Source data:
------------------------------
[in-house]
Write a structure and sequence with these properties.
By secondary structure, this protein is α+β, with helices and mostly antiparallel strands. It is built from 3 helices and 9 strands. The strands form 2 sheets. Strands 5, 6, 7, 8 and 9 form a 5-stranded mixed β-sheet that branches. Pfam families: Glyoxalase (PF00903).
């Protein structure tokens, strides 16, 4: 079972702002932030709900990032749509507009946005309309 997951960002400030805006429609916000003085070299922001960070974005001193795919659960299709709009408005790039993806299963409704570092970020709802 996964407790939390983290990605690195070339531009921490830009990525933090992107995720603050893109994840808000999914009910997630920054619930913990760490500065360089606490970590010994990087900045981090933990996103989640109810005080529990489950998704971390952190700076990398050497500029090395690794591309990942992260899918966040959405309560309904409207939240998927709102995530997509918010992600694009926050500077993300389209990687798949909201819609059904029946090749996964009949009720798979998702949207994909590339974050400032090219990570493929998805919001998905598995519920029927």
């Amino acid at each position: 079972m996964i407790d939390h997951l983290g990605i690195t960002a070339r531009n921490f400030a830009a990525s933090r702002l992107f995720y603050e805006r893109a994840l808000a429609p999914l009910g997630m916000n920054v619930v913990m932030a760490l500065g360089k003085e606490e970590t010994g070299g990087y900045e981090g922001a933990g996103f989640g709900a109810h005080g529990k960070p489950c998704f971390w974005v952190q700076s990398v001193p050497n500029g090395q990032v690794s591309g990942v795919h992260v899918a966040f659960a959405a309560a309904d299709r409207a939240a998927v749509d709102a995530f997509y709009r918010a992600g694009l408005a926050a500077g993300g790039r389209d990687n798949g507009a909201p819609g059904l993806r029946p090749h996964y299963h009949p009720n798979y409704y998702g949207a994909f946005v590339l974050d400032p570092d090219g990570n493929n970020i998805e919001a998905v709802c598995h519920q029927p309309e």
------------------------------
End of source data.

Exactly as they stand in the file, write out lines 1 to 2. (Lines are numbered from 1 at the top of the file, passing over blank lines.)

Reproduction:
[in-house]
Write a structure and sequence with these properties.